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Wednesday, June 6, 2007 01:05 am

High profile

Veteran SPD officer becomes new face of CrimeStoppers

Paula Morrow is the new face of CrimeStoppers
Untitled Document Paula Morrow has spent a significant portion of her law-enforcement career maintaining a low profile in the Springfield Police Department’s narcotics unit — occasionally going undercover, often working with informants. It’s an assignment she says she truly enjoyed but one that she realizes she can never return to since accepting a new assignment as coordinator for Sangamon and Menard Counties CrimeStoppers. Morrow will replace Sarah Iaiennaro as the face we see in regular television spots talking about the crime of the week. “That’s part of the position. I’m fine with that,” she says. “CrimeStoppers is something I’ve always wanted to do. The position only becomes available once every three years, and I wanted the opportunity to try it.”
Many positions at SPD have a time limit; in narcotics, it’s two years. Morrow rotated out of that unit in April 2006. Despite the drastic change in visibility, much of Morrow’s new job mirrors her old one: She’s still trying to coax information from people who have knowledge of criminal activity, still focused on shielding the identity of anybody courageous enough to share what he or she knows. “In the narcotics unit, we protected our informants. We did a lot of stuff to make sure we protected their identity,” she says. “[At CrimeStoppers], we never even ask their names.”
Without names or other identifying information, Morrow has no way to call a tipster back if she realizes that she needs more information. She must earn a caller’s trust during the first conversation so that he or she will feel comfortable enough to call back later. “I’ve already had people call and ask for me,” she says.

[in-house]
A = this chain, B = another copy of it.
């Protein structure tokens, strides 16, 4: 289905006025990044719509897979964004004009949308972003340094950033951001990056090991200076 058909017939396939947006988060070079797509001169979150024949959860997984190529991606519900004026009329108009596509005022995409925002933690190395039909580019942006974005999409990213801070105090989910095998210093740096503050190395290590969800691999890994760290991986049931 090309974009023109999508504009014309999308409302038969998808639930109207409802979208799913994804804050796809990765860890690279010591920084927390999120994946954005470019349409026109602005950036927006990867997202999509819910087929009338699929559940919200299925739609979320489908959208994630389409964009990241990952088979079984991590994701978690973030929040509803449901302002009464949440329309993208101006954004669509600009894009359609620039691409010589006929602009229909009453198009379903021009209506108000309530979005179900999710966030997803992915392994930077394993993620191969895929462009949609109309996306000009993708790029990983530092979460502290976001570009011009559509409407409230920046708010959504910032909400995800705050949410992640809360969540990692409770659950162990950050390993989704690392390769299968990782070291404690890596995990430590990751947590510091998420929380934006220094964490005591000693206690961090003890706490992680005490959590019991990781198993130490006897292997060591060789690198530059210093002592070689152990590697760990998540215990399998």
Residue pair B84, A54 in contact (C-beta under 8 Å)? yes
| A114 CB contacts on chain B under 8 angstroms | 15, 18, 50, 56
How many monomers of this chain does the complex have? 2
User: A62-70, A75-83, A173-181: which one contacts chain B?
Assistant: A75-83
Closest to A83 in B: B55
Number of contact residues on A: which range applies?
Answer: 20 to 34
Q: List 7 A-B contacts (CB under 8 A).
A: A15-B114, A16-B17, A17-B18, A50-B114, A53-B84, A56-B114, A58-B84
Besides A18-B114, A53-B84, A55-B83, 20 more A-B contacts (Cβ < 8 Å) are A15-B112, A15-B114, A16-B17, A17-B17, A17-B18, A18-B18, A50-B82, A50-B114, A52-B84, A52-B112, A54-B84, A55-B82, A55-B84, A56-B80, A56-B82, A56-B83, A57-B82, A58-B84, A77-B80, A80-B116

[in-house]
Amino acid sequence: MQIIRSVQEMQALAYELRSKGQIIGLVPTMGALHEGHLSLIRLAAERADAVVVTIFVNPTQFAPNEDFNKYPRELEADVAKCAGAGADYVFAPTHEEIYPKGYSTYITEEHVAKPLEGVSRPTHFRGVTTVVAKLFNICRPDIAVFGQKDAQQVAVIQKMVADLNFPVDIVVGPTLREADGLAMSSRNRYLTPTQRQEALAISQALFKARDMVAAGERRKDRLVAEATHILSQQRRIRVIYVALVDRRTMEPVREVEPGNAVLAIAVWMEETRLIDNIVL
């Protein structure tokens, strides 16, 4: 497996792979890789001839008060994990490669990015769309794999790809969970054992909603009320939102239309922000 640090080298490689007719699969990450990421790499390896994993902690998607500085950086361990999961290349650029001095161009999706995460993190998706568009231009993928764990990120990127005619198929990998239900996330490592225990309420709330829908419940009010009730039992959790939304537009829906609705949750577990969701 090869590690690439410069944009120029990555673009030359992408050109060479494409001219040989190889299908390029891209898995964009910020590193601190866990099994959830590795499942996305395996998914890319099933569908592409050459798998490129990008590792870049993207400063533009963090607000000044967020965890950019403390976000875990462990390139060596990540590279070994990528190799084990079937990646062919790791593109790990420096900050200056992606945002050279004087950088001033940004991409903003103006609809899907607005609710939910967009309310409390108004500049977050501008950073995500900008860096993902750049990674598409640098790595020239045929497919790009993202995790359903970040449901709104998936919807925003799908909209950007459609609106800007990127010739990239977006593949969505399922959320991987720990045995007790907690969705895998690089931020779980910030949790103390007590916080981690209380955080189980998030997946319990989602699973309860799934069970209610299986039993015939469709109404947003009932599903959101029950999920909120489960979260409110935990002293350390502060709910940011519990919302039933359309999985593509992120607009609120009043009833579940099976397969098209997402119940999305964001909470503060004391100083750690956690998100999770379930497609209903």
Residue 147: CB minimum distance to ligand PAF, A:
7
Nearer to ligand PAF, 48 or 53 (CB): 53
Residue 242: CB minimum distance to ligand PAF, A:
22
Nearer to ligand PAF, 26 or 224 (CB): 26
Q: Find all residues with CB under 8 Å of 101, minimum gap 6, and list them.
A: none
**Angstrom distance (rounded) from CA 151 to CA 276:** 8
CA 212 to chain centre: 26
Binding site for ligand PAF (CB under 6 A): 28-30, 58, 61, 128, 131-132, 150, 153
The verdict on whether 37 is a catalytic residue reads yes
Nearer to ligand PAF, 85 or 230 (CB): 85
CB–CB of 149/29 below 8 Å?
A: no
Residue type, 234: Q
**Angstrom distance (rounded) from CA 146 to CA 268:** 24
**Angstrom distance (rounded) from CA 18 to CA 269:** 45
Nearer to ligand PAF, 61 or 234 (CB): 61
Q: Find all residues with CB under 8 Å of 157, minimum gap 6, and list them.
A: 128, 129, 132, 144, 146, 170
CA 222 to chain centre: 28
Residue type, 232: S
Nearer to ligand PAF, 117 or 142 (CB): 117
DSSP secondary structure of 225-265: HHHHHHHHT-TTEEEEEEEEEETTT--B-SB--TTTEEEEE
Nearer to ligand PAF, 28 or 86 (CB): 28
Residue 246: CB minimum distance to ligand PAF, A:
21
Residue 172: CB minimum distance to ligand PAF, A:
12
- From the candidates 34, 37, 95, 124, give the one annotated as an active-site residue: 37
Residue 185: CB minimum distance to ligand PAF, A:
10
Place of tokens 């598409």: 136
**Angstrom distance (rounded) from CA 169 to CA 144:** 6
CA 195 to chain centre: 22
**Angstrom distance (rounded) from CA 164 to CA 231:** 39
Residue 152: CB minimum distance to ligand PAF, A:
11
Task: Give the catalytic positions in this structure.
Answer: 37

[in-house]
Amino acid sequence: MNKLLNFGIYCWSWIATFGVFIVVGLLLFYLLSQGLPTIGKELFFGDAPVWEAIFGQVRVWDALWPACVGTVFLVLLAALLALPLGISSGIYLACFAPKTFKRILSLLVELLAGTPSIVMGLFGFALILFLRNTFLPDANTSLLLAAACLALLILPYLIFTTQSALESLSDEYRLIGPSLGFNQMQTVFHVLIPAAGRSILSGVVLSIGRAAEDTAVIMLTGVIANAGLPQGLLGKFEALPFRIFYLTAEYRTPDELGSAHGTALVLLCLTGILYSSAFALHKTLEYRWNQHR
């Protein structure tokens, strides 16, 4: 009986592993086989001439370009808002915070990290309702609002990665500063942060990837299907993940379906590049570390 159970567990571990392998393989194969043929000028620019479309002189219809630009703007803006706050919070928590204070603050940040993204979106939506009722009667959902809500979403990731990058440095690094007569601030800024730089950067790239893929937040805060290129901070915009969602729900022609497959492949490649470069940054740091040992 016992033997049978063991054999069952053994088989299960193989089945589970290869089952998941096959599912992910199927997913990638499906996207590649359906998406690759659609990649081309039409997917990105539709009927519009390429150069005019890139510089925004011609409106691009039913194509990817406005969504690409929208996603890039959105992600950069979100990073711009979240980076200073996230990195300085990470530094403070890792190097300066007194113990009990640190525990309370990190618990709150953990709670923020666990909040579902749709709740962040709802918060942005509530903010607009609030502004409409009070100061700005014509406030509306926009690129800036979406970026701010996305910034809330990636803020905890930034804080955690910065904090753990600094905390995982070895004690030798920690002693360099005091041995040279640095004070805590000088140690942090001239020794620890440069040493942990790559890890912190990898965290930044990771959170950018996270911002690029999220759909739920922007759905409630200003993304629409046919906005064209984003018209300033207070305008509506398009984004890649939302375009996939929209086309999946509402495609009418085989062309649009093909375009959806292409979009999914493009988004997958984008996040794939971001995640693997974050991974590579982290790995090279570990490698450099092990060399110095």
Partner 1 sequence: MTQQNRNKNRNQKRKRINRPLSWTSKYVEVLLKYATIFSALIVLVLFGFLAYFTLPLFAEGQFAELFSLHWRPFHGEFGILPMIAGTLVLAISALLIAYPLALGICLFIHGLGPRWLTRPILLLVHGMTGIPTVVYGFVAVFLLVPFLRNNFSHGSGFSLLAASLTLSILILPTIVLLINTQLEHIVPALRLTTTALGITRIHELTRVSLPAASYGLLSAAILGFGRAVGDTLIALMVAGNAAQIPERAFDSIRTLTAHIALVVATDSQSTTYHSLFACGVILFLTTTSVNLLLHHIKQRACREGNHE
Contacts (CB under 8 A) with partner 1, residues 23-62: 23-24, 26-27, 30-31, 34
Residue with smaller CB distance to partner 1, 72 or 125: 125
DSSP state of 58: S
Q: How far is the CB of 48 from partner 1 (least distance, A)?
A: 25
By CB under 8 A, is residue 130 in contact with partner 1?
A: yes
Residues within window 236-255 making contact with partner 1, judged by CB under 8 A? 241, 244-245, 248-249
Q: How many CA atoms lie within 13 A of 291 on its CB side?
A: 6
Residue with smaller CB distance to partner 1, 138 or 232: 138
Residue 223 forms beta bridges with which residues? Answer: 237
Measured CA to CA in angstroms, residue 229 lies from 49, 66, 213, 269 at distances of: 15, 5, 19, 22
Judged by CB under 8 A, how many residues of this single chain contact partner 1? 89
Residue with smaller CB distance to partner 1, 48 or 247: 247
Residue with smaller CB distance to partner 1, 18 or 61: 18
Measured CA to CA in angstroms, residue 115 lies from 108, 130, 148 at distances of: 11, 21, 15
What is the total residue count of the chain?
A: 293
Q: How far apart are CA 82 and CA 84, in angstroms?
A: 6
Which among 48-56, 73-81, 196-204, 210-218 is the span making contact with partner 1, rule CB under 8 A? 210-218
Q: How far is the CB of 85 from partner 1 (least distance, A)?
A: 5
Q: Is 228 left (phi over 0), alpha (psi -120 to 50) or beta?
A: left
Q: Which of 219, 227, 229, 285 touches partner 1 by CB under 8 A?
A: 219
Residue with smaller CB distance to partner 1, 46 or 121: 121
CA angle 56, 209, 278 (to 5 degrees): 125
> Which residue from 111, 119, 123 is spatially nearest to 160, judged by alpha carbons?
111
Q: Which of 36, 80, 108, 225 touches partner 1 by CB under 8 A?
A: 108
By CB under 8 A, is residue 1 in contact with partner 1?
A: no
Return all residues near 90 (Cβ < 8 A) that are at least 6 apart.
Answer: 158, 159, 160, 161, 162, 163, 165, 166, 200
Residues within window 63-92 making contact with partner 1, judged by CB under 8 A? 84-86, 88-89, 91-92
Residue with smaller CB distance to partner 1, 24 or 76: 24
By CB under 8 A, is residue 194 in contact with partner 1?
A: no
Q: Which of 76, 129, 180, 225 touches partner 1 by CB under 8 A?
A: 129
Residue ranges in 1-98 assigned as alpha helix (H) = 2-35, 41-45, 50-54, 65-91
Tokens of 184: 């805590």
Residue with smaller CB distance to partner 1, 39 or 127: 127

Anyone who calls during regular business hours will get Morrow; after hours, the CrimeStoppers number is answered by dispatch.
Morrow has also worked as a regular patrol officer and was the neighborhood police officer for the east-side beat 300 (virtually everything north of South Grand) for about 18 months, beginning in 2003. Some might think that her current position — sitting in an office near the food court at White Oaks Mall, occasionally appearing in front of a television camera — is perhaps less dangerous or less stressful than her previous assignments. Morrow doesn’t see it that way. “Things can happen at the mall, and you’re still in a marked car. I don’t really know that there’s less of a chance of getting into something good,” she says. “This is a different kind of police work but way more responsibility than when I was in patrol. There’s a lot to do, and I’m one person. I find it challenging. I don’t stop thinking about it when I go home.”
Tipsters can earn up to $1,000, depending on the significance of the information they provide.
CrimeStoppers may be reached at 217-788-8427 or 800-397-2288.

Contact Dusty Rhodes at drhodes@illinoistimes.com.
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